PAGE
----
A cloud of mystery has shrouded the death of Kim Jong-il, as South Korean intelligence pokes holes in the official version of the Supreme Leader’s passing. The latest news begs the question: is Pyongyang involved in an assassination cover-up?
North Korean state television said Kim died of a heart attack on Saturday while traveling by train to a field inspection outside Pyongyang.
However, during a special session of the South Korean National Assembly Intelligence Committee, National Intelligence Service (NIS) head Won Sei-hoon claimed that Kim's famous armored train was parked at Pyongyang’s train station at the time the he reportedly died, the Korean Herald reports.
Won said the intelligence was confirmed by US military satellite photos, which purportedly showed that the train was stationary in the capital city at the official time of death.
Won also said the NIS had been tracking Kim’s movements up until December 15. However, they lost track of him from the following day until the time of his death, the daily reports.
Now, the sudden nature of Kim’s death is fueling suspicion that Pyongyang is hiding something.
When Kim Jong-il traveled to Russia this past August, he appeared to be relatively healthy, albeit a bit thin. This, coupled with the fact that it took Pyongyang two days to announce Kim's death, has prompted speculation that he could have been assassinated, the Korea Joongang daily reports.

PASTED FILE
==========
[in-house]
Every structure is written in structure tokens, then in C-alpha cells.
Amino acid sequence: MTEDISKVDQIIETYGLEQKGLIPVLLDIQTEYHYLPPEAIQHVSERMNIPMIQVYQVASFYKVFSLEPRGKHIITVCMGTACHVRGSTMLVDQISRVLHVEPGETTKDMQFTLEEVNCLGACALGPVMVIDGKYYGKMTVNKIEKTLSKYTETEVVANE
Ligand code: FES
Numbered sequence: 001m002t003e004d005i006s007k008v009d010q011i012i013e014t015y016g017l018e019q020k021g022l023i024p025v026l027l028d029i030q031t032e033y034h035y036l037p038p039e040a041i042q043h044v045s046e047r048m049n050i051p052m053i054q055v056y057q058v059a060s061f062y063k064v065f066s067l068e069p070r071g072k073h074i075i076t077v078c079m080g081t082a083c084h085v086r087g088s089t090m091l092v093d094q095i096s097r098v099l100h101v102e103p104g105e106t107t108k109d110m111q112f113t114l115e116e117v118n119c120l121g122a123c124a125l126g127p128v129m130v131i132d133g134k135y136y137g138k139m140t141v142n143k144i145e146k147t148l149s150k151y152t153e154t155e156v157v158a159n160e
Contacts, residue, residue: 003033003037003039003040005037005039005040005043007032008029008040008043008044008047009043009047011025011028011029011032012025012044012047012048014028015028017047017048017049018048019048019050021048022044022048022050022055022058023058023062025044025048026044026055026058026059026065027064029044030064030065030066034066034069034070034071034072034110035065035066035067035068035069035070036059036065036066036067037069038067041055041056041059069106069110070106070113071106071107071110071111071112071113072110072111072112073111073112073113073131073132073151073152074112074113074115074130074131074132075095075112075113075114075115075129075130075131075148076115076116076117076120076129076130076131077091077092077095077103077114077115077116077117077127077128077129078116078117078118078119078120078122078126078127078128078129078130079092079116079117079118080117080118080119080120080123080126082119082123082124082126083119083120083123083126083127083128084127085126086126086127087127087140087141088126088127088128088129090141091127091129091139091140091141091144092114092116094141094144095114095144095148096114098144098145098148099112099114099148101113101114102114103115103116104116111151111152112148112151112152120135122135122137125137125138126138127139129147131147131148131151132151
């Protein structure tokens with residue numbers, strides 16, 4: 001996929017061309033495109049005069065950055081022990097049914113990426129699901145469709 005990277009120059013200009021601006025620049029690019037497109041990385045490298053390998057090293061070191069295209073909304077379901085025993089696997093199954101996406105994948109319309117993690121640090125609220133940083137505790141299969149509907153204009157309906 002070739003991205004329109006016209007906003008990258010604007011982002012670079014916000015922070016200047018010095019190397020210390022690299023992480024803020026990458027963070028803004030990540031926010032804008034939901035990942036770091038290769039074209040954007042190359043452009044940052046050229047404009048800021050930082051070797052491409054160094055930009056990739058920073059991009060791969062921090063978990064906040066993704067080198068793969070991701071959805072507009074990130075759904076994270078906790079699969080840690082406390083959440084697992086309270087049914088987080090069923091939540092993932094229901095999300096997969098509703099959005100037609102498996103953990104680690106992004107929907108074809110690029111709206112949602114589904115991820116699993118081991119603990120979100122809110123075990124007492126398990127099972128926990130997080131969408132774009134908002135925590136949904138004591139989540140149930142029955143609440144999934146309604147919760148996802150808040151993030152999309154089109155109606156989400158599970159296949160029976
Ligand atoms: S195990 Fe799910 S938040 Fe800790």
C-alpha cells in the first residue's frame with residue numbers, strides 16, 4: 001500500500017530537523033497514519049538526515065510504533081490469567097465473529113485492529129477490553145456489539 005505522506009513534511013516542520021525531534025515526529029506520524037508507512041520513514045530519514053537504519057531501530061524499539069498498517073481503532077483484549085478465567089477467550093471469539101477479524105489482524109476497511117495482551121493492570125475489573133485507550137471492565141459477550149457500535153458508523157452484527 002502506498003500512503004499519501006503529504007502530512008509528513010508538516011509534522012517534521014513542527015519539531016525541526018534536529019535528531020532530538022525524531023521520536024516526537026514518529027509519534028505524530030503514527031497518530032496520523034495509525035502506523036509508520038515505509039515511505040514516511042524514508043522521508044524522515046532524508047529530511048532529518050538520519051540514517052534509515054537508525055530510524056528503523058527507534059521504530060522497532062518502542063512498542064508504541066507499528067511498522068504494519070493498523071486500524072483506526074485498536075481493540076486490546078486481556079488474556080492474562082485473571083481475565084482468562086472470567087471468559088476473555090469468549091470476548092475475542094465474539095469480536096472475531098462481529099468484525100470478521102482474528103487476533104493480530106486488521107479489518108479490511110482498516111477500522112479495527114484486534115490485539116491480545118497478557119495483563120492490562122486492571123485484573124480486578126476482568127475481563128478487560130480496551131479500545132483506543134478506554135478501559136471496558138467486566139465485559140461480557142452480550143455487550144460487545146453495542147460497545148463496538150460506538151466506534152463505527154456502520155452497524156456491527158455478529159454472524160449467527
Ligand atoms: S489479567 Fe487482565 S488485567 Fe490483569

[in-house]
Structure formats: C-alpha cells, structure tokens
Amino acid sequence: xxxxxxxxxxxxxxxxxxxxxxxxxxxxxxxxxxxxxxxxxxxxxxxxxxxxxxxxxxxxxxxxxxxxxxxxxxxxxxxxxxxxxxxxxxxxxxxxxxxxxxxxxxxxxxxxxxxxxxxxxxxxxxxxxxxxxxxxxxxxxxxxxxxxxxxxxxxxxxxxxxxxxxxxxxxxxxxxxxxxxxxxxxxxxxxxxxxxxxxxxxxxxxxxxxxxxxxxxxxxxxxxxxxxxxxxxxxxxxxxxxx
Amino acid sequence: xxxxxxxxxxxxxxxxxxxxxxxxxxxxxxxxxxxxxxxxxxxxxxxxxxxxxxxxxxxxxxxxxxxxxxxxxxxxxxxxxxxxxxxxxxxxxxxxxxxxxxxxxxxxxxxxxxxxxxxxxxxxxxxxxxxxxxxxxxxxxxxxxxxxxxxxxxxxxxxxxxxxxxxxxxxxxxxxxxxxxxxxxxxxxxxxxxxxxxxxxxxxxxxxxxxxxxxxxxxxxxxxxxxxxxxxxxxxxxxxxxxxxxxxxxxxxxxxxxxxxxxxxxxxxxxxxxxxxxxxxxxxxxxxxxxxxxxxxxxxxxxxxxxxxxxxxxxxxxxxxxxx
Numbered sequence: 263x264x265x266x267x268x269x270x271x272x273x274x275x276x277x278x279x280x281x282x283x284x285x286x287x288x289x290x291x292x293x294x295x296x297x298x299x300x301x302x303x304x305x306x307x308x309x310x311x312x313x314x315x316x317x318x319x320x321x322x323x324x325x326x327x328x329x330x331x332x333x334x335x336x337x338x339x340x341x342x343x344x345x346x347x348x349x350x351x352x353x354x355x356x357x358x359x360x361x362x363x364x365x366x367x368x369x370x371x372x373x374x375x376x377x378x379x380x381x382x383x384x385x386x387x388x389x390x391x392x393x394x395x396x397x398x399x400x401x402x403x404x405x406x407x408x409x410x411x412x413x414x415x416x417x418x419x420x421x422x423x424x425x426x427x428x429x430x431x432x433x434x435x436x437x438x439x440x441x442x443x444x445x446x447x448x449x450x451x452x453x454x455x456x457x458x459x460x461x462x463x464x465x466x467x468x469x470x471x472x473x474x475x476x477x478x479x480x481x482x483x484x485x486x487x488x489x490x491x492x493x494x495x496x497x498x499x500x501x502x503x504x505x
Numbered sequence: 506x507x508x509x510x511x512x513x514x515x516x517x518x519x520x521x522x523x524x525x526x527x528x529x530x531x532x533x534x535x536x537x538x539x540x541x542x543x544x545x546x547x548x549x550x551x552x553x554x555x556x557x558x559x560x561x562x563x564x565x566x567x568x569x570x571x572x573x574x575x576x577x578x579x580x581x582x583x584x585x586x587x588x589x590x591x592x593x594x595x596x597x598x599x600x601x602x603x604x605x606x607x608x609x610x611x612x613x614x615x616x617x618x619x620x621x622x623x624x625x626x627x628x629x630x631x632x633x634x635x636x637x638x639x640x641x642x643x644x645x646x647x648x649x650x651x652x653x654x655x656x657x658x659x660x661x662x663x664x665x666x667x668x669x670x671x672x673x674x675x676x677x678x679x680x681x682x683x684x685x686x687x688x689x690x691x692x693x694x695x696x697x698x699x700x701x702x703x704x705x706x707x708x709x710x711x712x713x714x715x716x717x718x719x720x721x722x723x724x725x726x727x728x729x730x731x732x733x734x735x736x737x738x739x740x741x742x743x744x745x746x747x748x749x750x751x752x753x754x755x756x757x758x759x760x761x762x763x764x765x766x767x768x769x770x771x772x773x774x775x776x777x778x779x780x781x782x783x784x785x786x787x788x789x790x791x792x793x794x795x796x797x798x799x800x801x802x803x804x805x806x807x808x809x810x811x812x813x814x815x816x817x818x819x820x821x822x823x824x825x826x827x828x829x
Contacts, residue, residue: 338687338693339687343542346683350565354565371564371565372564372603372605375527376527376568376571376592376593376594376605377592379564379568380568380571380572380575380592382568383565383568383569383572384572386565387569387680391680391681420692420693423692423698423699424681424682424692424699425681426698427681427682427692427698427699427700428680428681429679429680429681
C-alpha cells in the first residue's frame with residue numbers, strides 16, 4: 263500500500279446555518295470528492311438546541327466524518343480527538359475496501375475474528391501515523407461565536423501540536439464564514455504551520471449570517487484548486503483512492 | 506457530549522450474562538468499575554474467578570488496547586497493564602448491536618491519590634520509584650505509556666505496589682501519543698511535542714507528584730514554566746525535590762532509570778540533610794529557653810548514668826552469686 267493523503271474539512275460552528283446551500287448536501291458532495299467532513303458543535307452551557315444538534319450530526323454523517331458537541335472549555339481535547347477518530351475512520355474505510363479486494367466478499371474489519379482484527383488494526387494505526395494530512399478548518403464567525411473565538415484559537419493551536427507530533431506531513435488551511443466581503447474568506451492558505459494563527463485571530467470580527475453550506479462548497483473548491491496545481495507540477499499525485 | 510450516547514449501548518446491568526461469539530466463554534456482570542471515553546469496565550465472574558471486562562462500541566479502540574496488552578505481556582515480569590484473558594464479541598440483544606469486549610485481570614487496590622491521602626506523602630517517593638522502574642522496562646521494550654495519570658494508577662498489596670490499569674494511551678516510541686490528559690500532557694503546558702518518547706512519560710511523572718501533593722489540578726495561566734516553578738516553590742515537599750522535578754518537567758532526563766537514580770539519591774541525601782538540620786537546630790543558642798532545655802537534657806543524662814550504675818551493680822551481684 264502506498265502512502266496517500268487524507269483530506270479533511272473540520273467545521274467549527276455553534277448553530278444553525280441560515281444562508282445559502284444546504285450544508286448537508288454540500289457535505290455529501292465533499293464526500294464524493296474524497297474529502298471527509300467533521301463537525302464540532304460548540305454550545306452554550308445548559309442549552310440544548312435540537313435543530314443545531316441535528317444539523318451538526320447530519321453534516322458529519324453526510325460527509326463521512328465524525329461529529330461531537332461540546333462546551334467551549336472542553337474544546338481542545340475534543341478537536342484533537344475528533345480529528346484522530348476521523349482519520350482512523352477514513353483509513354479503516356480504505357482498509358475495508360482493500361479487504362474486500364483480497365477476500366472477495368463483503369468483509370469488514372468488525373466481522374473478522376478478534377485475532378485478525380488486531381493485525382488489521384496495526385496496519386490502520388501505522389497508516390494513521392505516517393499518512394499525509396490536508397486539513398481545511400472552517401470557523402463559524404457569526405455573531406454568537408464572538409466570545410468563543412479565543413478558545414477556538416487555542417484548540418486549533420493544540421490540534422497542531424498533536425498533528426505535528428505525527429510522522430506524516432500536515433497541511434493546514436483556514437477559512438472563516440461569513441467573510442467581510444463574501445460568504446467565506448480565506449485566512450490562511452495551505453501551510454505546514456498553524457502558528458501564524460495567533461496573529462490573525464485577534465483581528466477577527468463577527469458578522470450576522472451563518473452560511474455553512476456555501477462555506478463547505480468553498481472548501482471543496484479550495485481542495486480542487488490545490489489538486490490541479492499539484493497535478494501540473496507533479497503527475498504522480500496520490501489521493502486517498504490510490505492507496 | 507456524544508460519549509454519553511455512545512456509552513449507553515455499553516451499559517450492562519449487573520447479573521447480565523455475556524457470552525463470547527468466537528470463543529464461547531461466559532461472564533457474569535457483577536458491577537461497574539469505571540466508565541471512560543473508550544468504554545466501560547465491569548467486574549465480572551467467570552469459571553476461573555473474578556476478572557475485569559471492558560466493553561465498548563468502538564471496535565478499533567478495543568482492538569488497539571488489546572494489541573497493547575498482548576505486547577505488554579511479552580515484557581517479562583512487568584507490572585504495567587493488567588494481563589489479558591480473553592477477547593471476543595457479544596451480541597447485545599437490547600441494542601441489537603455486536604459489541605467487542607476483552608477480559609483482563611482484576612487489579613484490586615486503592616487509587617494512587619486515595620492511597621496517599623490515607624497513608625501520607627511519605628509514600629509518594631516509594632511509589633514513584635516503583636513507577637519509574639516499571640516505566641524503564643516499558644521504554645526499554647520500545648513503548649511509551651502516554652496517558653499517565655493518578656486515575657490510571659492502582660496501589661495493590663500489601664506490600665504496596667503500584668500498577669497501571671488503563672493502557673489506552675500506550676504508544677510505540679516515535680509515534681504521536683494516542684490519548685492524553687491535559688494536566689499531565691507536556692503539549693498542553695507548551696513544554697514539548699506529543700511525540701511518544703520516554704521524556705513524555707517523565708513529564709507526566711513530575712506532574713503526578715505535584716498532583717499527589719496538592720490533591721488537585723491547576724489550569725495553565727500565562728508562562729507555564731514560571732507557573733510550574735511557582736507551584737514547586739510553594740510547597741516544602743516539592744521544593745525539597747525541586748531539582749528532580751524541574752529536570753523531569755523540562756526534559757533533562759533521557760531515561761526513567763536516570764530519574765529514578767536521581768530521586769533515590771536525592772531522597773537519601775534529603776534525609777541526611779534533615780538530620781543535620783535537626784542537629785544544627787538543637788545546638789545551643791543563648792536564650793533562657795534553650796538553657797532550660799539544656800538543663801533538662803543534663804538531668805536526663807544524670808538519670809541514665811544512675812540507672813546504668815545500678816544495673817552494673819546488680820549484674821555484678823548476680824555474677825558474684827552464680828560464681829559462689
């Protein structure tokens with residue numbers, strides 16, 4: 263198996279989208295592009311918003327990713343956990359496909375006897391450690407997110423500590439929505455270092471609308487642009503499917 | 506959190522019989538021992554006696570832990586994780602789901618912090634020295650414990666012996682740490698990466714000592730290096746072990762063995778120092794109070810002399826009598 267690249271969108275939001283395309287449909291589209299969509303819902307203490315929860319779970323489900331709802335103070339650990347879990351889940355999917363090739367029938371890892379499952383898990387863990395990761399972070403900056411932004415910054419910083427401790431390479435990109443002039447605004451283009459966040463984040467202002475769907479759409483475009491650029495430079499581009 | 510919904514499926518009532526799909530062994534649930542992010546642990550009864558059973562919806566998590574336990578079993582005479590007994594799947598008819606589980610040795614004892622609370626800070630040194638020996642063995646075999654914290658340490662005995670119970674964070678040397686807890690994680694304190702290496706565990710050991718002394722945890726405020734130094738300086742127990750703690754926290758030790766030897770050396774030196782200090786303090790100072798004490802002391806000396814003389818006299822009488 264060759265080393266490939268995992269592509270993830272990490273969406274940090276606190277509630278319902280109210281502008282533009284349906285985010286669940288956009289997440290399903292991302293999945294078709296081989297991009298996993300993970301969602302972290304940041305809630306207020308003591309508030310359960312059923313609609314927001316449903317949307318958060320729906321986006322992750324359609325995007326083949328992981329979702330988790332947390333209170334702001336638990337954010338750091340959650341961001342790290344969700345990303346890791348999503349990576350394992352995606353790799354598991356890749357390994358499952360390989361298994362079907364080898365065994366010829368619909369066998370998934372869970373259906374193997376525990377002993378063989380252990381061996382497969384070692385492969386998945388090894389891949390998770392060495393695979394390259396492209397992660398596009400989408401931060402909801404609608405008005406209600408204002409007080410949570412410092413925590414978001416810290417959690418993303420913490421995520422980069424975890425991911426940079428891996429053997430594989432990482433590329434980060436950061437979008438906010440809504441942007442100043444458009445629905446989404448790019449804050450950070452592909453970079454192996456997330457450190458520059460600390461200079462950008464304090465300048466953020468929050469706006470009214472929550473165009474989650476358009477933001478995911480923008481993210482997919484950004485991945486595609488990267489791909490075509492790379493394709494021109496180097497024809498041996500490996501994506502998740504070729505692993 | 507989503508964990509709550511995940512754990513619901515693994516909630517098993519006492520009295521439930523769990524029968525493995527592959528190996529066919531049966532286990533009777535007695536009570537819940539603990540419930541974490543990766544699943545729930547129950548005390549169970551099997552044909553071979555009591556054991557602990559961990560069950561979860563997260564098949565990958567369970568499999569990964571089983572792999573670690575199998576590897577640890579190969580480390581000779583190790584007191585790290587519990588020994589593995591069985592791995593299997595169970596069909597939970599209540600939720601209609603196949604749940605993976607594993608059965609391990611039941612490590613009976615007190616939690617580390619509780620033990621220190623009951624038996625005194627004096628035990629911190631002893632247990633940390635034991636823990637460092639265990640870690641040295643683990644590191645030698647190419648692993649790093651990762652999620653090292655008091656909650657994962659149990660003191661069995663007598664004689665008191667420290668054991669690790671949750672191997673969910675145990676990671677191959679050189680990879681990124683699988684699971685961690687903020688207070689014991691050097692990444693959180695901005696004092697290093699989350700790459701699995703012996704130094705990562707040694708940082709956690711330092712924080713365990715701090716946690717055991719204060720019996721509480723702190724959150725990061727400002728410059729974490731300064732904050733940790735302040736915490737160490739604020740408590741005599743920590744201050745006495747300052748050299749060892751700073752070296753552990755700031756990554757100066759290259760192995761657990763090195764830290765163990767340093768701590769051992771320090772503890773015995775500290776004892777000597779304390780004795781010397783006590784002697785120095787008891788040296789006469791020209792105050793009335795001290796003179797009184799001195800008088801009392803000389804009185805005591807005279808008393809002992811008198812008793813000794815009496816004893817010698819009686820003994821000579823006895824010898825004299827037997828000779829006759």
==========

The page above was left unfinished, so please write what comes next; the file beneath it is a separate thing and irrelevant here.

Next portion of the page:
Analysts noted that Kim, like his father, died succumbed suddenly to cardiac arrest due to “fatigue and overwork.”
Moreover, both men passed away during periods of strained international relations over the isolated state’s nuclear weapons program.
In July 1994, Kim Il-sung died just after agreeing to halt the country’s uranium enrichment program during a period of attempted rapprochement with the West. After his death, talks of freezing North Korea’s nuclear weapons program in exchange for aid would not resume for months.
Likewise, Kim Jong-il had recently been in negotiations with Washington as both sides attempt to kick-start the stalled Six Party talks. While it has been widely reported that Kim was willing to suspend Pyongyang’s uranium enrichment program, those hopes have been dashed as the third round of talks, which was set to take place in Beijing Thursday, will now most likely be canceled.
However, as heart problems tend to be hereditary and a diplomatic chess game over nuclear weapons is bound to raise anyone’s blood pressure, the fact that both men, who were reportedly diabetics, died suddenly is less of a conspiracy than an inevitably.
“Kim Jong-il’s carnivorous eating habits, frequent stress, smoking and drinking habits, as well as having a family history of disease were the contributing factors to his cardiac arrest,” Hong Soon-jun, professor at the Cardio Vascular Center of Korea University Anam Hospital, told the Korea Joongang Daily.
Moreover, Hong said their seemingly unexpected deaths should not be surprising, as “acute cardiac infarction accounts for more than 80 percent of sudden deaths.”
Meanwhile, South Korean Intelligence Committee Chairman Kwon Young-se told local media the NIS analysis regarding Kim’s death was not final, and in any case it was inappropriate for the government to publicly comment on such matters.